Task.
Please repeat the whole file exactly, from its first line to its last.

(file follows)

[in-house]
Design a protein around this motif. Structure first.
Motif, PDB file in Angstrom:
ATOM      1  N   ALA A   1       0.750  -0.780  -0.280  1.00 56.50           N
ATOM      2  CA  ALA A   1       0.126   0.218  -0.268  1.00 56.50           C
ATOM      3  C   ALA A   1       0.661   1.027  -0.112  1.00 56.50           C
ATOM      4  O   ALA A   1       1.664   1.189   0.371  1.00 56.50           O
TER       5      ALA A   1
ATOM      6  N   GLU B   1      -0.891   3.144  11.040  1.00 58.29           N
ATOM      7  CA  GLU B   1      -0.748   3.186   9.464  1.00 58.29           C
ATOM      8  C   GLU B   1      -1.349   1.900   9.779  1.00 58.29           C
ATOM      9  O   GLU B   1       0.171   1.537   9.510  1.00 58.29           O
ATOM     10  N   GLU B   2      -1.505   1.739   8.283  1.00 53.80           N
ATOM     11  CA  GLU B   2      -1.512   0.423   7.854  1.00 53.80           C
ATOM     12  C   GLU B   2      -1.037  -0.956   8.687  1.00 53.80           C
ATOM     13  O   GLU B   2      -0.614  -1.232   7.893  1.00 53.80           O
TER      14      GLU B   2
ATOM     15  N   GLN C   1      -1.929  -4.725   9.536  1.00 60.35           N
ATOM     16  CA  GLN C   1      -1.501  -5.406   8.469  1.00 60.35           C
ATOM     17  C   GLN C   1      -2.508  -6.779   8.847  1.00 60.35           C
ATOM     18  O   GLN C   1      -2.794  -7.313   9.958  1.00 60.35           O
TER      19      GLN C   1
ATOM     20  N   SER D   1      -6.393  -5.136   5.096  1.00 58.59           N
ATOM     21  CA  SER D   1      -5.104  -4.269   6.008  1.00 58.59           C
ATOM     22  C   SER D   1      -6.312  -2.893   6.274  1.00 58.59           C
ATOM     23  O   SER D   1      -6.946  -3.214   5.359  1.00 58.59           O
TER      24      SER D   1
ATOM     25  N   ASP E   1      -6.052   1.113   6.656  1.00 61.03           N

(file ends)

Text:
[in-house]
Design a protein around this motif. Structure first.
Motif, PDB file in Angstrom:
ATOM      1  N   ALA A   1       0.750  -0.780  -0.280  1.00 56.50           N
ATOM      2  CA  ALA A   1       0.126   0.218  -0.268  1.00 56.50           C
ATOM      3  C   ALA A   1       0.661   1.027  -0.112  1.00 56.50           C
ATOM      4  O   ALA A   1       1.664   1.189   0.371  1.00 56.50           O
TER       5      ALA A   1
ATOM      6  N   GLU B   1      -0.891   3.144  11.040  1.00 58.29           N
ATOM      7  CA  GLU B   1      -0.748   3.186   9.464  1.00 58.29           C
ATOM      8  C   GLU B   1      -1.349   1.900   9.779  1.00 58.29           C
ATOM      9  O   GLU B   1       0.171   1.537   9.510  1.00 58.29           O
ATOM     10  N   GLU B   2      -1.505   1.739   8.283  1.00 53.80           N
ATOM     11  CA  GLU B   2      -1.512   0.423   7.854  1.00 53.80           C
ATOM     12  C   GLU B   2      -1.037  -0.956   8.687  1.00 53.80           C
ATOM     13  O   GLU B   2      -0.614  -1.232   7.893  1.00 53.80           O
TER      14      GLU B   2
ATOM     15  N   GLN C   1      -1.929  -4.725   9.536  1.00 60.35           N
ATOM     16  CA  GLN C   1      -1.501  -5.406   8.469  1.00 60.35           C
ATOM     17  C   GLN C   1      -2.508  -6.779   8.847  1.00 60.35           C
ATOM     18  O   GLN C   1      -2.794  -7.313   9.958  1.00 60.35           O
TER      19      GLN C   1
ATOM     20  N   SER D   1      -6.393  -5.136   5.096  1.00 58.59           N
ATOM     21  CA  SER D   1      -5.104  -4.269   6.008  1.00 58.59           C
ATOM     22  C   SER D   1      -6.312  -2.893   6.274  1.00 58.59           C
ATOM     23  O   SER D   1      -6.946  -3.214   5.359  1.00 58.59           O
TER      24      SER D   1
ATOM     25  N   ASP E   1      -6.052   1.113   6.656  1.00 61.03           N